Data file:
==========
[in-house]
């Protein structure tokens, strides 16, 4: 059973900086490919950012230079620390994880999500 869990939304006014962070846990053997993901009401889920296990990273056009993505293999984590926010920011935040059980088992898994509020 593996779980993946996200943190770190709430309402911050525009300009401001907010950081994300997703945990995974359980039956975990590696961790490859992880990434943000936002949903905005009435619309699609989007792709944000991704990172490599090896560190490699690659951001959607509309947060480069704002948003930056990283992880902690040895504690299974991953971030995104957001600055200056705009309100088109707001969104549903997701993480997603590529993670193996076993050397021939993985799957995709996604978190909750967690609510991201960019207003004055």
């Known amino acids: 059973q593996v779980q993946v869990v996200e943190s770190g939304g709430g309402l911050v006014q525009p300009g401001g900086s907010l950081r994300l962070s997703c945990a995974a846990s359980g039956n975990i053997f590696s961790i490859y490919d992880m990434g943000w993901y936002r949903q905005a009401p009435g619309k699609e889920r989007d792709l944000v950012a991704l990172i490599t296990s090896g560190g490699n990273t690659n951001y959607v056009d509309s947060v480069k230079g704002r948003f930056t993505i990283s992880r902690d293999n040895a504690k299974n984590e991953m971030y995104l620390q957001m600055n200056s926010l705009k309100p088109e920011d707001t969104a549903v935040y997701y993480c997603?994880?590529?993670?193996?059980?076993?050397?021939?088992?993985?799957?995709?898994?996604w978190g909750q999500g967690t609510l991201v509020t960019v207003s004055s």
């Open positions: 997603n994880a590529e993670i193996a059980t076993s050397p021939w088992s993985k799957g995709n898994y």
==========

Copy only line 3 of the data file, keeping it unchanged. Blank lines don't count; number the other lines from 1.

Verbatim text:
């Known amino acids: 059973q593996v779980q993946v869990v996200e943190s770190g939304g709430g309402l911050v006014q525009p300009g401001g900086s907010l950081r994300l962070s997703c945990a995974a846990s359980g039956n975990i053997f590696s961790i490859y490919d992880m990434g943000w993901y936002r949903q905005a009401p009435g619309k699609e889920r989007d792709l944000v950012a991704l990172i490599t296990s090896g560190g490699n990273t690659n951001y959607v056009d509309s947060v480069k230079g704002r948003f930056t993505i990283s992880r902690d293999n040895a504690k299974n984590e991953m971030y995104l620390q957001m600055n200056s926010l705009k309100p088109e920011d707001t969104a549903v935040y997701y993480c997603?994880?590529?993670?193996?059980?076993?050397?021939?088992?993985?799957?995709?898994?996604w978190g909750q999500g967690t609510l991201v509020t960019v207003s004055s």